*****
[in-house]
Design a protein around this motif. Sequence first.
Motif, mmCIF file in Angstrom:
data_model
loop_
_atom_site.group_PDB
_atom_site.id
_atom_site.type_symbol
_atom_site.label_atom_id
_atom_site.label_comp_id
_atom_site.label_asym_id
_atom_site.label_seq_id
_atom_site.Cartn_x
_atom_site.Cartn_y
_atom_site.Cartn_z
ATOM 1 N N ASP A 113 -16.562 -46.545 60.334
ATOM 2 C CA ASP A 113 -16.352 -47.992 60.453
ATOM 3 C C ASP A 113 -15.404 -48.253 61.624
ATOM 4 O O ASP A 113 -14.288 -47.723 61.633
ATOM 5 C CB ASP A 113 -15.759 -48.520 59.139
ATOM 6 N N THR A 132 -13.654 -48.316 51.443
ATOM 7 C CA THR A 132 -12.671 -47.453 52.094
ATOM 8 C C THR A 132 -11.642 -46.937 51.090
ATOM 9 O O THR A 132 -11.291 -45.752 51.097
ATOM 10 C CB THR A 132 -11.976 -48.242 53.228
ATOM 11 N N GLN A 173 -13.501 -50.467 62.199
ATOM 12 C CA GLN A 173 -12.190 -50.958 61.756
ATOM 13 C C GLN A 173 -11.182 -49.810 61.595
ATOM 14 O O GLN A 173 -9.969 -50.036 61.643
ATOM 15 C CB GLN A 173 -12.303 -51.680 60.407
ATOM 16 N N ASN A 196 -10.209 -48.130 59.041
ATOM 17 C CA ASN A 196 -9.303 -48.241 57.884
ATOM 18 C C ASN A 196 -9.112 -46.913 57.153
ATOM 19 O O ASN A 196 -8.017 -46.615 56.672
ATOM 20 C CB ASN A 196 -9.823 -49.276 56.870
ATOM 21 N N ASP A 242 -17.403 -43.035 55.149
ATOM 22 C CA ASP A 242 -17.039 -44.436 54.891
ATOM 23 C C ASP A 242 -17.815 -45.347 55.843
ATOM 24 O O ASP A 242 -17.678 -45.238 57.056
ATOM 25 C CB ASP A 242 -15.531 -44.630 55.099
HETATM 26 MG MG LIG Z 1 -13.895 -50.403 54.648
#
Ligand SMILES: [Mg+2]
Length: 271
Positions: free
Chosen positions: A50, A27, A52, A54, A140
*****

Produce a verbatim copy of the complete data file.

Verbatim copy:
[in-house]
Design a protein around this motif. Sequence first.
Motif, mmCIF file in Angstrom:
data_model
loop_
_atom_site.group_PDB
_atom_site.id
_atom_site.type_symbol
_atom_site.label_atom_id
_atom_site.label_comp_id
_atom_site.label_asym_id
_atom_site.label_seq_id
_atom_site.Cartn_x
_atom_site.Cartn_y
_atom_site.Cartn_z
ATOM 1 N N ASP A 113 -16.562 -46.545 60.334
ATOM 2 C CA ASP A 113 -16.352 -47.992 60.453
ATOM 3 C C ASP A 113 -15.404 -48.253 61.624
ATOM 4 O O ASP A 113 -14.288 -47.723 61.633
ATOM 5 C CB ASP A 113 -15.759 -48.520 59.139
ATOM 6 N N THR A 132 -13.654 -48.316 51.443
ATOM 7 C CA THR A 132 -12.671 -47.453 52.094
ATOM 8 C C THR A 132 -11.642 -46.937 51.090
ATOM 9 O O THR A 132 -11.291 -45.752 51.097
ATOM 10 C CB THR A 132 -11.976 -48.242 53.228
ATOM 11 N N GLN A 173 -13.501 -50.467 62.199
ATOM 12 C CA GLN A 173 -12.190 -50.958 61.756
ATOM 13 C C GLN A 173 -11.182 -49.810 61.595
ATOM 14 O O GLN A 173 -9.969 -50.036 61.643
ATOM 15 C CB GLN A 173 -12.303 -51.680 60.407
ATOM 16 N N ASN A 196 -10.209 -48.130 59.041
ATOM 17 C CA ASN A 196 -9.303 -48.241 57.884
ATOM 18 C C ASN A 196 -9.112 -46.913 57.153
ATOM 19 O O ASN A 196 -8.017 -46.615 56.672
ATOM 20 C CB ASN A 196 -9.823 -49.276 56.870
ATOM 21 N N ASP A 242 -17.403 -43.035 55.149
ATOM 22 C CA ASP A 242 -17.039 -44.436 54.891
ATOM 23 C C ASP A 242 -17.815 -45.347 55.843
ATOM 24 O O ASP A 242 -17.678 -45.238 57.056
ATOM 25 C CB ASP A 242 -15.531 -44.630 55.099
HETATM 26 MG MG LIG Z 1 -13.895 -50.403 54.648
#
Ligand SMILES: [Mg+2]
Length: 271
Positions: free
Chosen positions: A50, A27, A52, A54, A140